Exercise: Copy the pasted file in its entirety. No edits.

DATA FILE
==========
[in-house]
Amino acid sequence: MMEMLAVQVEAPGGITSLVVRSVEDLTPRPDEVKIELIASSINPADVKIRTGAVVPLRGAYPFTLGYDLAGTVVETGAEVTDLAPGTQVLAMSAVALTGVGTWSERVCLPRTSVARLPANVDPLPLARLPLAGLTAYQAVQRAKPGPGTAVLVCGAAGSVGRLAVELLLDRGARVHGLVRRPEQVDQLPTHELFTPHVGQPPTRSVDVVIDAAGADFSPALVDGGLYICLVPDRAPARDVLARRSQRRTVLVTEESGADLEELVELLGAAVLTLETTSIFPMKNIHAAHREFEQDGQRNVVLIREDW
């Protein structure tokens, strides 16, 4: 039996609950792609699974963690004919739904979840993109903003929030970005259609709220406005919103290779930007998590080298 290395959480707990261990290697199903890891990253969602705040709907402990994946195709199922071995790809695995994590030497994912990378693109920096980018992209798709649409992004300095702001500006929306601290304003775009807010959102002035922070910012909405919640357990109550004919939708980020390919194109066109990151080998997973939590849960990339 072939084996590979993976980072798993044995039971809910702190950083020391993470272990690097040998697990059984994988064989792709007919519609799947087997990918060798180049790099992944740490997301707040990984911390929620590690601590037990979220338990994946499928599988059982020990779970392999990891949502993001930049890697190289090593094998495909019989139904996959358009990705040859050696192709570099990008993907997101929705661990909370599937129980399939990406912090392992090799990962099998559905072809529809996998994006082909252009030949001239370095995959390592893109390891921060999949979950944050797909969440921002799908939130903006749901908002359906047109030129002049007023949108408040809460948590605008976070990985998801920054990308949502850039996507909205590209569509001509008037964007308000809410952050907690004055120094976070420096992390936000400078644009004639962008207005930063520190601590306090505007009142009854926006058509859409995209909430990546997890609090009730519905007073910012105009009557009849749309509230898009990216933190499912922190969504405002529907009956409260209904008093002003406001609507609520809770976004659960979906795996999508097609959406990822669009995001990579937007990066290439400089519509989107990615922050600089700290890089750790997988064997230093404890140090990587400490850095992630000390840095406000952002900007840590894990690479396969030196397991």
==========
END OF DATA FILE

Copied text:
[in-house]
Amino acid sequence: MMEMLAVQVEAPGGITSLVVRSVEDLTPRPDEVKIELIASSINPADVKIRTGAVVPLRGAYPFTLGYDLAGTVVETGAEVTDLAPGTQVLAMSAVALTGVGTWSERVCLPRTSVARLPANVDPLPLARLPLAGLTAYQAVQRAKPGPGTAVLVCGAAGSVGRLAVELLLDRGARVHGLVRRPEQVDQLPTHELFTPHVGQPPTRSVDVVIDAAGADFSPALVDGGLYICLVPDRAPARDVLARRSQRRTVLVTEESGADLEELVELLGAAVLTLETTSIFPMKNIHAAHREFEQDGQRNVVLIREDW
């Protein structure tokens, strides 16, 4: 039996609950792609699974963690004919739904979840993109903003929030970005259609709220406005919103290779930007998590080298 290395959480707990261990290697199903890891990253969602705040709907402990994946195709199922071995790809695995994590030497994912990378693109920096980018992209798709649409992004300095702001500006929306601290304003775009807010959102002035922070910012909405919640357990109550004919939708980020390919194109066109990151080998997973939590849960990339 072939084996590979993976980072798993044995039971809910702190950083020391993470272990690097040998697990059984994988064989792709007919519609799947087997990918060798180049790099992944740490997301707040990984911390929620590690601590037990979220338990994946499928599988059982020990779970392999990891949502993001930049890697190289090593094998495909019989139904996959358009990705040859050696192709570099990008993907997101929705661990909370599937129980399939990406912090392992090799990962099998559905072809529809996998994006082909252009030949001239370095995959390592893109390891921060999949979950944050797909969440921002799908939130903006749901908002359906047109030129002049007023949108408040809460948590605008976070990985998801920054990308949502850039996507909205590209569509001509008037964007308000809410952050907690004055120094976070420096992390936000400078644009004639962008207005930063520190601590306090505007009142009854926006058509859409995209909430990546997890609090009730519905007073910012105009009557009849749309509230898009990216933190499912922190969504405002529907009956409260209904008093002003406001609507609520809770976004659960979906795996999508097609959406990822669009995001990579937007990066290439400089519509989107990615922050600089700290890089750790997988064997230093404890140090990587400490850095992630000390840095406000952002900007840590894990690479396969030196397991």